• Stability and grid security. Coal-fired plants, or other plant based on rotating turbines, such as gas, hydro, nuclear or geothermal, are described as synchronous, which allows the electricity system to address rapid changes in frequency due to significant changes in either supply or demand. Maintaining grid stability is complex and includes a number of factors to ensure a high quality and consistent energy supply. Ongoing stability includes maintaining the frequency of the network within tightly controlled parameters, and having sufficient inertia (the measure of the rotating mass of a generation unit) so that the frequency doesn’t change too rapidly. A rapid change in frequency can lead to cascading failures and system collapse. While intermittent generators could, in theory, be configured to provide these services when they are available, their intermittency limits their ability to do so.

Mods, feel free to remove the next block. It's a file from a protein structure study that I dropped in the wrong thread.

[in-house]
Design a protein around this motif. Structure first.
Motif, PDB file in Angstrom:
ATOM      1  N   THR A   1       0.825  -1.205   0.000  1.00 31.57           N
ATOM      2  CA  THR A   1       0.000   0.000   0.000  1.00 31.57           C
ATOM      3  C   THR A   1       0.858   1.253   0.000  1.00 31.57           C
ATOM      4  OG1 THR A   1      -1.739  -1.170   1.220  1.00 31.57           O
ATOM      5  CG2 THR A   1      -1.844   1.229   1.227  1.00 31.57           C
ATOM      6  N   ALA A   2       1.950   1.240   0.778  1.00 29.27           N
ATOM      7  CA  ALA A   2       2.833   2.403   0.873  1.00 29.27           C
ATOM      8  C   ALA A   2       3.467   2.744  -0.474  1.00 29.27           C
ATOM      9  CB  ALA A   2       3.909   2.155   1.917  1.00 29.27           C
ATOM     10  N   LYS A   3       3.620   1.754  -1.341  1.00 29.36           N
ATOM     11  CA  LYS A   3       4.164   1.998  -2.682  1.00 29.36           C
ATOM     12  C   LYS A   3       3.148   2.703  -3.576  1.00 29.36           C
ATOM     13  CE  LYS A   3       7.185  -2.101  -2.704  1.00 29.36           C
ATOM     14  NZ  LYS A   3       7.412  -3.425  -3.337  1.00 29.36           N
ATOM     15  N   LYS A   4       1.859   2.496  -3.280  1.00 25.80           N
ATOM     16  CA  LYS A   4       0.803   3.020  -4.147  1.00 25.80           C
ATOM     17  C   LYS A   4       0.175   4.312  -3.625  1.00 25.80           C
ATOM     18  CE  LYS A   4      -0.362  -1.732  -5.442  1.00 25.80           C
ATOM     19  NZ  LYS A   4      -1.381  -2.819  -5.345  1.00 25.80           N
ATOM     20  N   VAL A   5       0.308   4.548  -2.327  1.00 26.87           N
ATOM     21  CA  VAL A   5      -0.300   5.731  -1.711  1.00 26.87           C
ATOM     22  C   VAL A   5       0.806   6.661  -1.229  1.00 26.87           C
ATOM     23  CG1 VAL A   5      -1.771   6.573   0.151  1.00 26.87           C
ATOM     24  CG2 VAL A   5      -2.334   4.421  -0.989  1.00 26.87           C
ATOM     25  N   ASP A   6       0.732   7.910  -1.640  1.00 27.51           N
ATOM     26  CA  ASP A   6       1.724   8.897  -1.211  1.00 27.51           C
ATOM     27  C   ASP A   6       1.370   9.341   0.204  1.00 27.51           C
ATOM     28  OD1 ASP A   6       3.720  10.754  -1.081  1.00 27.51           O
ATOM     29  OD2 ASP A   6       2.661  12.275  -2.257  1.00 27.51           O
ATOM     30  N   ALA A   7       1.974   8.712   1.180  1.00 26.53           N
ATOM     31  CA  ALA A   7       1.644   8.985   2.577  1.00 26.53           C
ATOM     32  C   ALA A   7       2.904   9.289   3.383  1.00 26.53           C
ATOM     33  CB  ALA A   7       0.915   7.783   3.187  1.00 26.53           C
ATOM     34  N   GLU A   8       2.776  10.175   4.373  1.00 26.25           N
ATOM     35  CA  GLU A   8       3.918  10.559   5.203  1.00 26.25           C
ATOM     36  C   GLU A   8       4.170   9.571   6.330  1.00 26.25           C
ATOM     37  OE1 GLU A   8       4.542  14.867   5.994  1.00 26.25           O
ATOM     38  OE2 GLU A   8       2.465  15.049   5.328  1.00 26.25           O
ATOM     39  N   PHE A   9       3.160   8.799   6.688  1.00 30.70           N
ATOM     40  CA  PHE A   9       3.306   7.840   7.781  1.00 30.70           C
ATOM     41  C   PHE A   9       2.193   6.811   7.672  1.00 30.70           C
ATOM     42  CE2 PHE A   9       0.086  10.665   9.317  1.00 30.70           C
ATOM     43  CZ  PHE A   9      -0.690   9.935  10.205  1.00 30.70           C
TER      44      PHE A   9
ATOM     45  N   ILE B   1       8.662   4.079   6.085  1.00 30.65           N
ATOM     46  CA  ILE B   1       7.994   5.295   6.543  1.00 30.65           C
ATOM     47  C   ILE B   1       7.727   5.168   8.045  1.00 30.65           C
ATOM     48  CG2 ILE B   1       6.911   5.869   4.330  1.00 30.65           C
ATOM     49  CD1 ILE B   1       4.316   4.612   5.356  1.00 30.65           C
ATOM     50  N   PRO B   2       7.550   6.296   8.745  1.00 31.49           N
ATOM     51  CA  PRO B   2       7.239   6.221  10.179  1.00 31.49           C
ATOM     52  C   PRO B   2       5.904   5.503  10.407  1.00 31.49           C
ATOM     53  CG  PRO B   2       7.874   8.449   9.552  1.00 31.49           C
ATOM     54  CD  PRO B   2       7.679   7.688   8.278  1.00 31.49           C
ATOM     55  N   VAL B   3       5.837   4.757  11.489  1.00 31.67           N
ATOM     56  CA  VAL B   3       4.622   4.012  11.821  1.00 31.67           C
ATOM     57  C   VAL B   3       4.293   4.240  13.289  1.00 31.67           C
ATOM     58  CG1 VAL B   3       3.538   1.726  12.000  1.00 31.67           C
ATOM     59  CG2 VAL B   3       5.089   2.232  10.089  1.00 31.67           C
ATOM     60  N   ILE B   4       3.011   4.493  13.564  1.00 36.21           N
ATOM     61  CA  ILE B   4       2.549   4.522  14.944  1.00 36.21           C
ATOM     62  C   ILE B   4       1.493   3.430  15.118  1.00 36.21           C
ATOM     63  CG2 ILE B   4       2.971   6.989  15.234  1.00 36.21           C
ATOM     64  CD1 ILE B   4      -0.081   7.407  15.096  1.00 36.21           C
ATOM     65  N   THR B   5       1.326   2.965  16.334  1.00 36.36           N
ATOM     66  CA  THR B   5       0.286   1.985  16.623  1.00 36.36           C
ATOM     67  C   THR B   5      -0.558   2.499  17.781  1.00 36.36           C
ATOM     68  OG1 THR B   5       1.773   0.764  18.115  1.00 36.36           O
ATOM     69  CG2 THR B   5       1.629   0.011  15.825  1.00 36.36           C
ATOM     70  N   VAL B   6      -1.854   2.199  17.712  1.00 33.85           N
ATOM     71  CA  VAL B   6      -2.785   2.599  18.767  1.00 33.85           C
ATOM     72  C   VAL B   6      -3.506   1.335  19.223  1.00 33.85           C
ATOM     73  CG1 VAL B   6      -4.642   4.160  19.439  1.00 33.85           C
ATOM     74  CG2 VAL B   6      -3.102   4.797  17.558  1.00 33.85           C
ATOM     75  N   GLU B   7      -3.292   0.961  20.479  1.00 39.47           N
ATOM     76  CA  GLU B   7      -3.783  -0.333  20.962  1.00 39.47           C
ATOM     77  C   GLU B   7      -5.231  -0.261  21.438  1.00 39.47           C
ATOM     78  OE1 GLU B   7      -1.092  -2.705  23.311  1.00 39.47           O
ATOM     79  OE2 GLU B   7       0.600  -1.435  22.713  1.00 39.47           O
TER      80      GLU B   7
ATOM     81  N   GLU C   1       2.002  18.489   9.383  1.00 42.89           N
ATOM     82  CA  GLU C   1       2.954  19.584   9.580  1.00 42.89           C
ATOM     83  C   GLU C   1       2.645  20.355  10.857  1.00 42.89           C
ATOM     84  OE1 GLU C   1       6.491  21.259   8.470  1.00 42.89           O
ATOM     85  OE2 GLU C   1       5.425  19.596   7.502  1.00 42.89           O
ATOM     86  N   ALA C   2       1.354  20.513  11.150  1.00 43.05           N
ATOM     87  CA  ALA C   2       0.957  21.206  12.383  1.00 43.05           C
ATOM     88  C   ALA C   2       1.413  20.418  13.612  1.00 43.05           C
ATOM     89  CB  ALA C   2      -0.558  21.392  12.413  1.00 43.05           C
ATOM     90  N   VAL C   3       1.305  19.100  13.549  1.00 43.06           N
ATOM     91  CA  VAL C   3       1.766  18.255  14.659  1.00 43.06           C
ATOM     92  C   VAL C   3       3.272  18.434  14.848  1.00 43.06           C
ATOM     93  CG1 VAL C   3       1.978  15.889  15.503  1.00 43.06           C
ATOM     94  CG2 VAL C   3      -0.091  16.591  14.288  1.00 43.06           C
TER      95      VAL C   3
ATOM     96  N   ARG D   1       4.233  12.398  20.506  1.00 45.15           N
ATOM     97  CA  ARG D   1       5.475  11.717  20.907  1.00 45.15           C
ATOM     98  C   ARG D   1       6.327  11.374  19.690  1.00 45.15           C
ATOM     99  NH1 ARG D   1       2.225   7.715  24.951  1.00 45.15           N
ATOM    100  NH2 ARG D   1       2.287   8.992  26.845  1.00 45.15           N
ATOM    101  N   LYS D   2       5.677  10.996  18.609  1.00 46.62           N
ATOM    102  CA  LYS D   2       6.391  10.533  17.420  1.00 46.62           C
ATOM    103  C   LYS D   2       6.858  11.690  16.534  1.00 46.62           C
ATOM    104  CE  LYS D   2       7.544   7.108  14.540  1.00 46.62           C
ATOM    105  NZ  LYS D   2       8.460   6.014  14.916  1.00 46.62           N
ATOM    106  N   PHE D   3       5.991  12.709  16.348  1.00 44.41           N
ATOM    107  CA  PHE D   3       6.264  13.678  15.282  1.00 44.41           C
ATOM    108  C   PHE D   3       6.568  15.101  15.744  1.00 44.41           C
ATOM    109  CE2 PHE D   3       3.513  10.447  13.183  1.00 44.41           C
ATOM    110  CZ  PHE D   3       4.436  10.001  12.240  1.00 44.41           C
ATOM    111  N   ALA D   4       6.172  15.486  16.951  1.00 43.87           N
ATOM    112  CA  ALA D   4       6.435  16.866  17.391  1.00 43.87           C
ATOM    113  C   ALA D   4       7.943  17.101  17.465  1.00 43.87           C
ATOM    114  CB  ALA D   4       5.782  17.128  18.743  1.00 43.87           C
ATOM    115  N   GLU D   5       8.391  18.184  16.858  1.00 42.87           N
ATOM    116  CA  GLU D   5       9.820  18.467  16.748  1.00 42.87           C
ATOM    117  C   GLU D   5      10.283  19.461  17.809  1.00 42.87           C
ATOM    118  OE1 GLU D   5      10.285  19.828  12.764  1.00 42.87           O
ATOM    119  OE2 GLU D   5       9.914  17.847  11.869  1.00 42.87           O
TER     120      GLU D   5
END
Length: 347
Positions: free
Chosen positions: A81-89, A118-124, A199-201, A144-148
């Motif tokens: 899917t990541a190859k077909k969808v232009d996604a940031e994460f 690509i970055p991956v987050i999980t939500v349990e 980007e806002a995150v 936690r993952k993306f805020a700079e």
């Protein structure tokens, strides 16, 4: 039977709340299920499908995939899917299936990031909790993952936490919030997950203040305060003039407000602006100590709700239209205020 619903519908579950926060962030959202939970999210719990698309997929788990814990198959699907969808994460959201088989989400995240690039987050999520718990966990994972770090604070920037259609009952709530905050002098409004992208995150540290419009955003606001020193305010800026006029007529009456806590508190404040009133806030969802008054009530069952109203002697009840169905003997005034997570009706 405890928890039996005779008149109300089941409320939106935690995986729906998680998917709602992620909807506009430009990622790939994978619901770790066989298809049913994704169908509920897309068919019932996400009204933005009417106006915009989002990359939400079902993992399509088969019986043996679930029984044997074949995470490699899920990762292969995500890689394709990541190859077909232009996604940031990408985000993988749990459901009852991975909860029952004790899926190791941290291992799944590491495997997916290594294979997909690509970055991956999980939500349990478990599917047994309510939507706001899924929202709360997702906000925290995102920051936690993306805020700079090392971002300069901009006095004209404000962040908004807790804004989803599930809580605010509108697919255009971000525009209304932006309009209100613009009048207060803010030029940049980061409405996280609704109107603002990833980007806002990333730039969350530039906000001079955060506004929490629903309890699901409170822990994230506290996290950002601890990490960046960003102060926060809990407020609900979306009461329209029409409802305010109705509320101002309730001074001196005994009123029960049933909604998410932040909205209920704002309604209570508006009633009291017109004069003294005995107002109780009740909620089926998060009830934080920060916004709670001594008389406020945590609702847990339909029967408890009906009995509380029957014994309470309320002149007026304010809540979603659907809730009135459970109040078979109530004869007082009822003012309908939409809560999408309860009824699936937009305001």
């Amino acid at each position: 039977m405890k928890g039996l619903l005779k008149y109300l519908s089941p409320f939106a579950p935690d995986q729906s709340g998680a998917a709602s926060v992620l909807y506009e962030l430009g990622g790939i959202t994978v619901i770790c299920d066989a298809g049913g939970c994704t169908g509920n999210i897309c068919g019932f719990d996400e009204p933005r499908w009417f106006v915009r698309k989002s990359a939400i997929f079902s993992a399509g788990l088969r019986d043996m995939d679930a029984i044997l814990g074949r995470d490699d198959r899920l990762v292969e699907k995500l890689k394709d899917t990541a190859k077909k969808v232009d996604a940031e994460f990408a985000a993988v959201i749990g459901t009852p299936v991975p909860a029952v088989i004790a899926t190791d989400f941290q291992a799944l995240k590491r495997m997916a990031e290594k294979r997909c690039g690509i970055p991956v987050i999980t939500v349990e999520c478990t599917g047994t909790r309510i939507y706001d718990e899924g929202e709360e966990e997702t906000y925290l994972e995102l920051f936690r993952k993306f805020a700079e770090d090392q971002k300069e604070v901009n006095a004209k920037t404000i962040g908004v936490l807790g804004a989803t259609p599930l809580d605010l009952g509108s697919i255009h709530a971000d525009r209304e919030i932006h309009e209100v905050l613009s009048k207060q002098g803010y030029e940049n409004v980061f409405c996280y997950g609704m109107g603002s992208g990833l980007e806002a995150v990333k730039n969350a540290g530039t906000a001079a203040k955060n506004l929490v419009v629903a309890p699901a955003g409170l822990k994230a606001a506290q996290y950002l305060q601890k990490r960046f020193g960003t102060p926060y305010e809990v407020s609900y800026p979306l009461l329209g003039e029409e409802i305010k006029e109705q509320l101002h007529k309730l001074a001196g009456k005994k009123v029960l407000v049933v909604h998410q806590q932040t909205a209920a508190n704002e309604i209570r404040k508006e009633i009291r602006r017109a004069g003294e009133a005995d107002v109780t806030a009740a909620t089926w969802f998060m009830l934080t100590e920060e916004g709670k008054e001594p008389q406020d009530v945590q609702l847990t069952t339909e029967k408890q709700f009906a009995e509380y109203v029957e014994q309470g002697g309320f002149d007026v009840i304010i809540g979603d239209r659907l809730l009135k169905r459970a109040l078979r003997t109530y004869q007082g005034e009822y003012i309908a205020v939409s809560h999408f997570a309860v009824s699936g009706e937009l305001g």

In regards to inertia, the speed rate of rotation of generators on the network determines the frequency of the system. As such, the greater the inertia in the system the less the network is susceptible to frequency variations outside the normal operating parameters due to sudden disturbances. Coal-fired power generation (‘synchronous’ generation) provides large levels of inertia. Wind and solar generation are asynchronous and are instead based on power electronics, as are batteries. This does not currently allow asynchronous generation to provide inertia, although the industry is investigating ways for renewables to potentially provide ‘synthetic inertia’.